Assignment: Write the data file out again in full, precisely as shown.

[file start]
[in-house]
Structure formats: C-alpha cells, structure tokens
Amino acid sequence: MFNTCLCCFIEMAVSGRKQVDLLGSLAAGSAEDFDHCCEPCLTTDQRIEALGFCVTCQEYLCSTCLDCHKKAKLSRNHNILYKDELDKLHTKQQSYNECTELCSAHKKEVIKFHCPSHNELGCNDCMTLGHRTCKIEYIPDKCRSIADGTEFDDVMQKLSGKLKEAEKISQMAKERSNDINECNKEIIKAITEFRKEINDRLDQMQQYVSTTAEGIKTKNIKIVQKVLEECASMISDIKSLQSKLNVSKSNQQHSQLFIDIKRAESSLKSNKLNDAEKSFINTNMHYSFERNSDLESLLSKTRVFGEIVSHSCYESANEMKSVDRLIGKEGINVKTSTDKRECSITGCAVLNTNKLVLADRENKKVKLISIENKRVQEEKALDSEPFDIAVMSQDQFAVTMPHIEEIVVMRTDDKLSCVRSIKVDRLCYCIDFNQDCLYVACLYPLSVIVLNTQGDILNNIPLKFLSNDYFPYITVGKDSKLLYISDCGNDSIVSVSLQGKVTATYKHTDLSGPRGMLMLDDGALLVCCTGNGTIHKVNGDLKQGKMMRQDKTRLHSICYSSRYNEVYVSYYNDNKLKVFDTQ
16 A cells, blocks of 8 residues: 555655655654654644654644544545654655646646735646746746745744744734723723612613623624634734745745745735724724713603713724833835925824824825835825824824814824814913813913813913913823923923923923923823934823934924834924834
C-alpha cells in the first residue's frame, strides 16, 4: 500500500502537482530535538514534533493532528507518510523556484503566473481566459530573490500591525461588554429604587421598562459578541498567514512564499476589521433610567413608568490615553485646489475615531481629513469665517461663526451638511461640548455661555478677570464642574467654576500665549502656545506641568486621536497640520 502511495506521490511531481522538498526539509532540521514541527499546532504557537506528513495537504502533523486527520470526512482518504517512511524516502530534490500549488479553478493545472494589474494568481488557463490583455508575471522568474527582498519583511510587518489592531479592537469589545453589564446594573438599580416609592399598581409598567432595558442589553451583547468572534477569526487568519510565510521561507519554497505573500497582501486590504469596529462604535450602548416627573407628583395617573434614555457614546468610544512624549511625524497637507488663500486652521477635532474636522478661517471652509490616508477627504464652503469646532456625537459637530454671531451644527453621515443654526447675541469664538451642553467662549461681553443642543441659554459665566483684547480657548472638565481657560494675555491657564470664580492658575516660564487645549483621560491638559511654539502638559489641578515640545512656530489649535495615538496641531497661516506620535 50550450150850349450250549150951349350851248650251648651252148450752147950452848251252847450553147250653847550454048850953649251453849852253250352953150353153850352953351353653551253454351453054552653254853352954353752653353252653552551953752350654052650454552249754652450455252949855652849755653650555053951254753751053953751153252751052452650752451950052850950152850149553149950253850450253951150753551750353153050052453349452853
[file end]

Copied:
[in-house]
Structure formats: C-alpha cells, structure tokens
Amino acid sequence: MFNTCLCCFIEMAVSGRKQVDLLGSLAAGSAEDFDHCCEPCLTTDQRIEALGFCVTCQEYLCSTCLDCHKKAKLSRNHNILYKDELDKLHTKQQSYNECTELCSAHKKEVIKFHCPSHNELGCNDCMTLGHRTCKIEYIPDKCRSIADGTEFDDVMQKLSGKLKEAEKISQMAKERSNDINECNKEIIKAITEFRKEINDRLDQMQQYVSTTAEGIKTKNIKIVQKVLEECASMISDIKSLQSKLNVSKSNQQHSQLFIDIKRAESSLKSNKLNDAEKSFINTNMHYSFERNSDLESLLSKTRVFGEIVSHSCYESANEMKSVDRLIGKEGINVKTSTDKRECSITGCAVLNTNKLVLADRENKKVKLISIENKRVQEEKALDSEPFDIAVMSQDQFAVTMPHIEEIVVMRTDDKLSCVRSIKVDRLCYCIDFNQDCLYVACLYPLSVIVLNTQGDILNNIPLKFLSNDYFPYITVGKDSKLLYISDCGNDSIVSVSLQGKVTATYKHTDLSGPRGMLMLDDGALLVCCTGNGTIHKVNGDLKQGKMMRQDKTRLHSICYSSRYNEVYVSYYNDNKLKVFDTQ
16 A cells, blocks of 8 residues: 555655655654654644654644544545654655646646735646746746745744744734723723612613623624634734745745745735724724713603713724833835925824824825835825824824814824814913813913813913913823923923923923923823934823934924834924834
C-alpha cells in the first residue's frame, strides 16, 4: 500500500502537482530535538514534533493532528507518510523556484503566473481566459530573490500591525461588554429604587421598562459578541498567514512564499476589521433610567413608568490615553485646489475615531481629513469665517461663526451638511461640548455661555478677570464642574467654576500665549502656545506641568486621536497640520 502511495506521490511531481522538498526539509532540521514541527499546532504557537506528513495537504502533523486527520470526512482518504517512511524516502530534490500549488479553478493545472494589474494568481488557463490583455508575471522568474527582498519583511510587518489592531479592537469589545453589564446594573438599580416609592399598581409598567432595558442589553451583547468572534477569526487568519510565510521561507519554497505573500497582501486590504469596529462604535450602548416627573407628583395617573434614555457614546468610544512624549511625524497637507488663500486652521477635532474636522478661517471652509490616508477627504464652503469646532456625537459637530454671531451644527453621515443654526447675541469664538451642553467662549461681553443642543441659554459665566483684547480657548472638565481657560494675555491657564470664580492658575516660564487645549483621560491638559511654539502638559489641578515640545512656530489649535495615538496641531497661516506620535 50550450150850349450250549150951349350851248650251648651252148450752147950452848251252847450553147250653847550454048850953649251453849852253250352953150353153850352953351353653551253454351453054552653254853352954353752653353252653552551953752350654052650454552249754652450455252949855652849755653650555053951254753751053953751153252751052452650752451950052850950152850149553149950253850450253951150753551750353153050052453349452853